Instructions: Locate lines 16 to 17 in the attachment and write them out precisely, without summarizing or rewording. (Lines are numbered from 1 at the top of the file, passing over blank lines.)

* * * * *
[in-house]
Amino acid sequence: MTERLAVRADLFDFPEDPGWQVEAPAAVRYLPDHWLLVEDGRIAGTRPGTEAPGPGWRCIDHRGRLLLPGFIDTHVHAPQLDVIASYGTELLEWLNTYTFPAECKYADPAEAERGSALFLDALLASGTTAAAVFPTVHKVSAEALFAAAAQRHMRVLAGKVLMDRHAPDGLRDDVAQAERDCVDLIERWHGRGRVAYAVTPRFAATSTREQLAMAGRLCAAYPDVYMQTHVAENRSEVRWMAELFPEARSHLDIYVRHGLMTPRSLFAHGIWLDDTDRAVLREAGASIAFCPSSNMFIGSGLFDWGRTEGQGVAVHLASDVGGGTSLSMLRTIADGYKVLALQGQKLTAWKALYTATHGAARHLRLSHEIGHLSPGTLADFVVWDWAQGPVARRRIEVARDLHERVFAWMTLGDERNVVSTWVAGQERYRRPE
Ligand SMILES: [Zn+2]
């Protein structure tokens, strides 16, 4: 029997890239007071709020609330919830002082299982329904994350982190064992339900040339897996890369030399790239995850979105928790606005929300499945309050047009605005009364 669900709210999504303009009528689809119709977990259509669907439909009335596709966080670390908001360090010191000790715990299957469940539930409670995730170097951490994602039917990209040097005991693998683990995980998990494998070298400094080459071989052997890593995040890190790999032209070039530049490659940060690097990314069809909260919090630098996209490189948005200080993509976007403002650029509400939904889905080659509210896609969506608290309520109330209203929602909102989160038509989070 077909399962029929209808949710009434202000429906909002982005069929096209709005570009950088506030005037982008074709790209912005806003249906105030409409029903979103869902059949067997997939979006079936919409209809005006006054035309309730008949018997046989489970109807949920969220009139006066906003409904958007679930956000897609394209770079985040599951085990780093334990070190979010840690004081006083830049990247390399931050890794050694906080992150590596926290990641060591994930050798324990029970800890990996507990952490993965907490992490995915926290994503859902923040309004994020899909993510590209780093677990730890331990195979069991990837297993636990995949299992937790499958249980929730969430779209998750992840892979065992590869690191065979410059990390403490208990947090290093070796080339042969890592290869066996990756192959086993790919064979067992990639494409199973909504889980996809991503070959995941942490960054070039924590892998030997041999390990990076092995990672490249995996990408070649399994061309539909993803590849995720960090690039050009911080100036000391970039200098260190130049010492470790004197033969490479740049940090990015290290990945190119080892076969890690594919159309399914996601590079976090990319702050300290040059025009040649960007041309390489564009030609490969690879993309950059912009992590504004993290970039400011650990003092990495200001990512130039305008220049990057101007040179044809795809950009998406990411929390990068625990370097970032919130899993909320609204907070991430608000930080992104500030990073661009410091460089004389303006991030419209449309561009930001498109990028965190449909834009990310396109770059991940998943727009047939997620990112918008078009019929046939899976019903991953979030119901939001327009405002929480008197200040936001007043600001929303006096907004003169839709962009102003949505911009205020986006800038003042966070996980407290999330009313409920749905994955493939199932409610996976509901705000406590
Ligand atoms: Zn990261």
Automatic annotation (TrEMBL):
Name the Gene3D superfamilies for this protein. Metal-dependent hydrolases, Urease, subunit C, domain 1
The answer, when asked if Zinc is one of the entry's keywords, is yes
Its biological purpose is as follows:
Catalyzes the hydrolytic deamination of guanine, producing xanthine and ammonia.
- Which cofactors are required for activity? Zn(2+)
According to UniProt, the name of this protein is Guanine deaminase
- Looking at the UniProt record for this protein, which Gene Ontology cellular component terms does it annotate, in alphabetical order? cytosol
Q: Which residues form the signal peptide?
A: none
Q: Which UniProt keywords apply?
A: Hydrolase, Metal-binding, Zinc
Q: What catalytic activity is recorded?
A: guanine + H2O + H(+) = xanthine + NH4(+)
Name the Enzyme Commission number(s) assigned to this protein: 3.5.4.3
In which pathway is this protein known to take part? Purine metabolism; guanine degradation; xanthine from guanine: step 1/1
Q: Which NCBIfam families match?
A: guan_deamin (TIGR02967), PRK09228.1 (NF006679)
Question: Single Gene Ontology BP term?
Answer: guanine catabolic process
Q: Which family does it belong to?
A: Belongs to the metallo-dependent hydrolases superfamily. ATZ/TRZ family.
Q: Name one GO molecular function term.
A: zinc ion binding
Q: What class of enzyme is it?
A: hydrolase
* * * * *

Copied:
Q: Which UniProt keywords apply?
A: Hydrolase, Metal-binding, Zinc